We investigate how cell death and other cellular processes affects the local tissue environment, and in particular how necrosis can induce sterile inflammation. We have a special interest in atherosclerotic plaques, which are characterized by chronic inflammation and an accumulation of apoptotic and necrotic cells. Much of our work focuses on the activation and control of the apical inflammatory cytokine IL-1. IL-1α acts as a powerful danger signal when released from dead cells, and also controls the senescence-associated secretory phenotype, while IL-1β is activated and released in large amounts by the inflammasomes. Our recent work shows that multiple systems are needed to keep basal IL-1 activity under control and that small aberrations in IL-1 signalling can lead to immune dysfunction under the steady state.
Burzynski LC, Humphry M, Wiggins KA, Summers C, Tatham KC, Martin PB, Bennett MR, Clarke MCH. The coagulation and immune system are directly linked through the activation of interleukin-1α by thrombin. Immunity. 2019; 50, 1–10, April 16.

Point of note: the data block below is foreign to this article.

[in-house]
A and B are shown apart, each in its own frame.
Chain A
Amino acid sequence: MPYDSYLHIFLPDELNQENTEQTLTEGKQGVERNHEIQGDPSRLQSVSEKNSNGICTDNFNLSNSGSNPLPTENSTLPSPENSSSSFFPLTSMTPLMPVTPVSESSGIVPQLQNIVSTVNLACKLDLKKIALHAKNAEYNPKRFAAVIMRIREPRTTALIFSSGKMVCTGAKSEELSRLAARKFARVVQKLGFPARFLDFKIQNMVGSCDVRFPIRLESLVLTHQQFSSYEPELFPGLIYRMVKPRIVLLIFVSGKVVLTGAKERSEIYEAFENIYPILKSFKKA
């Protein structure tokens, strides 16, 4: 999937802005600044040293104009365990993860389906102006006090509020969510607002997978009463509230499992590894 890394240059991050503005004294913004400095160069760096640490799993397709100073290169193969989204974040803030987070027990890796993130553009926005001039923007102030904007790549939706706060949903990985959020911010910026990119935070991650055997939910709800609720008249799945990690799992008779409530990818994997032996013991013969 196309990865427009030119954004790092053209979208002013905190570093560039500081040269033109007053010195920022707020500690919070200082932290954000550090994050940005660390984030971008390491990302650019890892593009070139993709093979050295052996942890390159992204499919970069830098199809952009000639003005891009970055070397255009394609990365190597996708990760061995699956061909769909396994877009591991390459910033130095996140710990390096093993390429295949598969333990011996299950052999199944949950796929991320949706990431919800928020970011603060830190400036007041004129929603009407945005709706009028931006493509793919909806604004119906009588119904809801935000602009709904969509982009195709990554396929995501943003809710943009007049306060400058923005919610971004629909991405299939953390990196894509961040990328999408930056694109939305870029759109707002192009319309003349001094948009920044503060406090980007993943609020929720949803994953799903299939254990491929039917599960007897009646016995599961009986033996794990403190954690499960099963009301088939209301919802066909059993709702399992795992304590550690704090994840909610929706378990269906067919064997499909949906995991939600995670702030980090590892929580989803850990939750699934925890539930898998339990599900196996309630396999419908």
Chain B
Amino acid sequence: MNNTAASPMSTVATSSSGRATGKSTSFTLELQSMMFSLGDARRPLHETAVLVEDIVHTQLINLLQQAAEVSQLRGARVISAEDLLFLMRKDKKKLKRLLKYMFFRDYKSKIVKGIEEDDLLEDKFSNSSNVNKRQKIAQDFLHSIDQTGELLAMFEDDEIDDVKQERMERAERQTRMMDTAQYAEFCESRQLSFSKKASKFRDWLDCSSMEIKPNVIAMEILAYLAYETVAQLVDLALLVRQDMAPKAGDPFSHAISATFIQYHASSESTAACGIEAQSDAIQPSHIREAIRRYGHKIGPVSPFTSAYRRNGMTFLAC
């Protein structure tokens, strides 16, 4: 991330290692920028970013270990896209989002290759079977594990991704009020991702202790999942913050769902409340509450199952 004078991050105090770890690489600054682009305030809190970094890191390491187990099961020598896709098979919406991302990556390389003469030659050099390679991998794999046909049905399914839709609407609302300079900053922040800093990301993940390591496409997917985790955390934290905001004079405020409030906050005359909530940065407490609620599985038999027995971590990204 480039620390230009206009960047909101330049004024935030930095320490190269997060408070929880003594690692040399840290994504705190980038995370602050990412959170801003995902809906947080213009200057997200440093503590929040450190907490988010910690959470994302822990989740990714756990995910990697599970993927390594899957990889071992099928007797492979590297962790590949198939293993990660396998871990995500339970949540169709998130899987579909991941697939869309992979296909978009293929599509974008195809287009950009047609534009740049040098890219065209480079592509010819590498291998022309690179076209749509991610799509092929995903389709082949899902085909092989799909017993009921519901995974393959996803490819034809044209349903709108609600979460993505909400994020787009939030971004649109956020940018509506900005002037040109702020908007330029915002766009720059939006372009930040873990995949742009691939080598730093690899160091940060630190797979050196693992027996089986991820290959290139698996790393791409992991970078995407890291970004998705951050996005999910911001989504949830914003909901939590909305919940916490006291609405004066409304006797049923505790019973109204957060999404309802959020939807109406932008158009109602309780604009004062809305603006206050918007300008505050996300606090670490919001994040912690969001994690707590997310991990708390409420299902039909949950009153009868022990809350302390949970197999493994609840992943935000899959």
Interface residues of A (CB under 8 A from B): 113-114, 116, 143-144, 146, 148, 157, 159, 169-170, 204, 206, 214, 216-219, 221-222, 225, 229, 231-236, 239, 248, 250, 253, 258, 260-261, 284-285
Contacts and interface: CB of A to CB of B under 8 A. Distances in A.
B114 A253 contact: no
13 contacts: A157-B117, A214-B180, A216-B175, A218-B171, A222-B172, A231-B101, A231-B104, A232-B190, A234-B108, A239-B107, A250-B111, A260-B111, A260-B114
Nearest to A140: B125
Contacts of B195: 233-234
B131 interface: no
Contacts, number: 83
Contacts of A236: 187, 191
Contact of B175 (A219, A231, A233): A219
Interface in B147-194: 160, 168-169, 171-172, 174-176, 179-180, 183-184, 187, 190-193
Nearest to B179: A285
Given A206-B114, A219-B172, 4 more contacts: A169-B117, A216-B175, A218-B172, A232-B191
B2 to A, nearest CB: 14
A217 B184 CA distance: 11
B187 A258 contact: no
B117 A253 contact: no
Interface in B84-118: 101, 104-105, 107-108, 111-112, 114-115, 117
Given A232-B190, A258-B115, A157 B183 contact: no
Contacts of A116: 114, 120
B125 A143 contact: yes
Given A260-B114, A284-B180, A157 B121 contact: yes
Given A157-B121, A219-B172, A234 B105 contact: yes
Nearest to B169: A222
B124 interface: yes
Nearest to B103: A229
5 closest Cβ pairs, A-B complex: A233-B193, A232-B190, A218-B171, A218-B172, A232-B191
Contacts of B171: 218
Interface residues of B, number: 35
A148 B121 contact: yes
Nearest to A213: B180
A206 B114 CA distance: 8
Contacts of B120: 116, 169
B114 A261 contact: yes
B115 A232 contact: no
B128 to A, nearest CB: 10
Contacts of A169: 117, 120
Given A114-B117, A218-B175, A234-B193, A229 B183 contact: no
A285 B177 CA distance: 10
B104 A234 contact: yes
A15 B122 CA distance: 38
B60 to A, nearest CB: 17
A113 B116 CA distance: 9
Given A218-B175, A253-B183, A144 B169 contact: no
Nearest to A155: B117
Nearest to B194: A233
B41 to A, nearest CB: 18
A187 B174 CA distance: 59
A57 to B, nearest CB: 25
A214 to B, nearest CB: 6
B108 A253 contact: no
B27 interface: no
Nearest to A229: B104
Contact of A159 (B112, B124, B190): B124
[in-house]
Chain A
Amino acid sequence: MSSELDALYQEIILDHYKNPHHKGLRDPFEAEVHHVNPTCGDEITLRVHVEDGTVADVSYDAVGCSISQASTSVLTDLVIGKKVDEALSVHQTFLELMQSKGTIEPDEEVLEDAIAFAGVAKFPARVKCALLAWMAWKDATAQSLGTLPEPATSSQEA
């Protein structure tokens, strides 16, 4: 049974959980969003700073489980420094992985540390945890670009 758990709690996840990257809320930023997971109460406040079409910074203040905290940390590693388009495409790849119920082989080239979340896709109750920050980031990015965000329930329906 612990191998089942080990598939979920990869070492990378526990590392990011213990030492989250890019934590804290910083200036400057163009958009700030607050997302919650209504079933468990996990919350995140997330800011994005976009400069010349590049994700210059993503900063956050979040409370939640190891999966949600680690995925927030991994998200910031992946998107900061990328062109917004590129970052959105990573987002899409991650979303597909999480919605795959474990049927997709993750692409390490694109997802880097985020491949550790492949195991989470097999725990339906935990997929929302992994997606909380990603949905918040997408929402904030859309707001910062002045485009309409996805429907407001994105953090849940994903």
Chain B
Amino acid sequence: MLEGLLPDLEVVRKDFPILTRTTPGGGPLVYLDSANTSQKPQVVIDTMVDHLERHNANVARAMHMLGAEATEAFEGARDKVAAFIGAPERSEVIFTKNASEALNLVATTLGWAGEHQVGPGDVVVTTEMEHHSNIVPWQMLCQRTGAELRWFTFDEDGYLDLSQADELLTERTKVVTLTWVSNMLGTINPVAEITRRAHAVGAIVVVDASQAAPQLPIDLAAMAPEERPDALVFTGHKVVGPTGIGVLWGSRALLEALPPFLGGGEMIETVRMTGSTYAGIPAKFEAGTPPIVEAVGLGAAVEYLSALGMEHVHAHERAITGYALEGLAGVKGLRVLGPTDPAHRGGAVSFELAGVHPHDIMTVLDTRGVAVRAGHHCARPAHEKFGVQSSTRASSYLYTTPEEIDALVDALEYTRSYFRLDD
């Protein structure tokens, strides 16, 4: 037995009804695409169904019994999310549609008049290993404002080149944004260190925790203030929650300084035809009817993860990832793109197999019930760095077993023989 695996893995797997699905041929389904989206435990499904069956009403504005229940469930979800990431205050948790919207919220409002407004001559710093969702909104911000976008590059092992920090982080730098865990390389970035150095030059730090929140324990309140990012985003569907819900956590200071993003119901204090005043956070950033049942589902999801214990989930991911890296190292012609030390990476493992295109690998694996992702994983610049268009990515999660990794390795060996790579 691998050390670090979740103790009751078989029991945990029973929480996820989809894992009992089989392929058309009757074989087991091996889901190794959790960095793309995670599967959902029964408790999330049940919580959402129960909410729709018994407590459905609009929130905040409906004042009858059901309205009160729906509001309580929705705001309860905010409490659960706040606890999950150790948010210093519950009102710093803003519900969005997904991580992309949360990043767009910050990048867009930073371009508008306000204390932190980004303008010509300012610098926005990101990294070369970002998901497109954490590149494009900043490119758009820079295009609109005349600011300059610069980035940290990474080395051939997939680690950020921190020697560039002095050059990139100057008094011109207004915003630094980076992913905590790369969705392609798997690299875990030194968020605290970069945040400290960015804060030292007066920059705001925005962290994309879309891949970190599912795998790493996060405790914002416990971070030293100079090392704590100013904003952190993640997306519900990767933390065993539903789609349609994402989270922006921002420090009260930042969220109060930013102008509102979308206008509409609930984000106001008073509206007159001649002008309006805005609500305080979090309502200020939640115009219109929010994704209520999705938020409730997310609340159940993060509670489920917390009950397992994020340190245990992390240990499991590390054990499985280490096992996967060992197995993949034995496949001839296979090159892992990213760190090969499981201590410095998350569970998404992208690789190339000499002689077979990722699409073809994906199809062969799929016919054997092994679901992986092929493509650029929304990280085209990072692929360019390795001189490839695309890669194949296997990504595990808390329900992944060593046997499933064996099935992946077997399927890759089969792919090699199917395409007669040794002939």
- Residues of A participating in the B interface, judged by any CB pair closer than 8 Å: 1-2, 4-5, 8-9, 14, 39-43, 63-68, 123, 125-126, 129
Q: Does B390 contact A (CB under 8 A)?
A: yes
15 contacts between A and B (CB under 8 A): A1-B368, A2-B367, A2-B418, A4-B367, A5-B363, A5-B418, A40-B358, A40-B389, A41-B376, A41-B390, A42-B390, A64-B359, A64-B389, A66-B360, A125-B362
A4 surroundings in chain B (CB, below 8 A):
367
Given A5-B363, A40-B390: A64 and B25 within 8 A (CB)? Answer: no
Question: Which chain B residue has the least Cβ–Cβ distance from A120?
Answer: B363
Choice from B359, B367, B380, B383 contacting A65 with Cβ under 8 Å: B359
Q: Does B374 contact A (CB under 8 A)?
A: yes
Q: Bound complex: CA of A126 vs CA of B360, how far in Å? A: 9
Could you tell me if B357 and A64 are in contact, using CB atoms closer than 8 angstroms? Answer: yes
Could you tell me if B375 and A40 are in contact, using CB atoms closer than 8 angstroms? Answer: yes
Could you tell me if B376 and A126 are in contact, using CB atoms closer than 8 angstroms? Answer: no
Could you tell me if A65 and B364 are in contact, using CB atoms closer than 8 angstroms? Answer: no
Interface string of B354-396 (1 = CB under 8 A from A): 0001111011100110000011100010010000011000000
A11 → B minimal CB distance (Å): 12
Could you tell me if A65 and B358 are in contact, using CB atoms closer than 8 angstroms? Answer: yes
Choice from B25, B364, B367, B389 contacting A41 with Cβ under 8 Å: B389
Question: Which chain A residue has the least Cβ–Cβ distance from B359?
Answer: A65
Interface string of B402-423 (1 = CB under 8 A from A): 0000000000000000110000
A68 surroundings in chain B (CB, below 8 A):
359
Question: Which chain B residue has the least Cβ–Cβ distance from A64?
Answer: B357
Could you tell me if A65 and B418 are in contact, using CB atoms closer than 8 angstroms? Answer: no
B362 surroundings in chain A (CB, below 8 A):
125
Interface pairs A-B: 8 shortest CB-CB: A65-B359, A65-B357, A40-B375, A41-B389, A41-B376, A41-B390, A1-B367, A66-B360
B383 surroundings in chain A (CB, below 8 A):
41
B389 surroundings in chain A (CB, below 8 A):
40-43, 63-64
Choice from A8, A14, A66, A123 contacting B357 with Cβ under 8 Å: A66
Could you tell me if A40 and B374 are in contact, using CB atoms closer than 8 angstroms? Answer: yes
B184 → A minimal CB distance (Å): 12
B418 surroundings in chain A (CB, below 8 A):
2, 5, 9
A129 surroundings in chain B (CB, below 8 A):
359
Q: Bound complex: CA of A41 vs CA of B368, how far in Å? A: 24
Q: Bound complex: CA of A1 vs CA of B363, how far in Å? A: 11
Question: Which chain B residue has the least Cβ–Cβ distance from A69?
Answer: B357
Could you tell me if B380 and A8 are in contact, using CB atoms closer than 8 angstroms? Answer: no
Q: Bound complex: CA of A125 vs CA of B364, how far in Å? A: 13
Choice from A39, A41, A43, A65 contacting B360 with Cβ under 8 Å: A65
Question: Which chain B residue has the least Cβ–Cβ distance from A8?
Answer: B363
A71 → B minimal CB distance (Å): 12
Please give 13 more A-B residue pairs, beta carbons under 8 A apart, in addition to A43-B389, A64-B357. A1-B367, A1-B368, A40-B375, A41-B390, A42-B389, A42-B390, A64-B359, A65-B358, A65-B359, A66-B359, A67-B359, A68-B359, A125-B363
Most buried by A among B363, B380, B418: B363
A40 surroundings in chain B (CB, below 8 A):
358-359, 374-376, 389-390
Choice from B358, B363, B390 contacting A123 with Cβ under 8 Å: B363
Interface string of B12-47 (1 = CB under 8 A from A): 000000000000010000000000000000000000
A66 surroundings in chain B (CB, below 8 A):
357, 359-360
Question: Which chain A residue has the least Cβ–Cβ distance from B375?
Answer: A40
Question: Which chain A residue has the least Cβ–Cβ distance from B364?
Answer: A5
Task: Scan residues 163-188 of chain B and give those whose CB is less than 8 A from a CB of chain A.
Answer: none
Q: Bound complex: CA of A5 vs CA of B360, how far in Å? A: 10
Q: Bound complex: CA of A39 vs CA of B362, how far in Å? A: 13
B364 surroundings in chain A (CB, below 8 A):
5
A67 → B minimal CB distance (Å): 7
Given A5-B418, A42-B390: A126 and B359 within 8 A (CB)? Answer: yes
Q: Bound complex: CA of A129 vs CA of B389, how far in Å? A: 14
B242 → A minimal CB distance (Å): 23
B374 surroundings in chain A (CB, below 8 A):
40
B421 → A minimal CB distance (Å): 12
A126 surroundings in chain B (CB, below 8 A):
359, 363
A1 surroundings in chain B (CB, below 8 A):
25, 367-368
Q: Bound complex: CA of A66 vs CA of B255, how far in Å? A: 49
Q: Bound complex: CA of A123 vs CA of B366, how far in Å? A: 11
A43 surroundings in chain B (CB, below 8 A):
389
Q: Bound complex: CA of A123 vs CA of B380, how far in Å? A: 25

Wiggins KA, Parry AJ, Cassidy L, Webster SJ, Humphry M, Goodall JC, Narita M, Clarke MCH. IL-1α cleavage by inflammatory caspases of the non-canonical inflammasome controls the senescence-associated secretory phenotype. Aging Cell. 2019. e12946.
Zhang Y, Humphry M, Maguire JJ, Bennett MR, Clarke MCH: Intracellular IL-1 receptor 2 binding prevents cleavage and activity of IL-1α, controlling necrosis-induced sterile inflammation. Immunity. 2013; 38:2, 285.
Clarke, MCH, Figg, N, Maguire, JJ, Davenport, AP, Goddard, M, Littlewood, TD, Bennett, MR. Apoptosis of vascular smooth muscle cells induces features of plaque vulnerability in atherosclerosis. Nature Med. 2006; 12:1075-1080.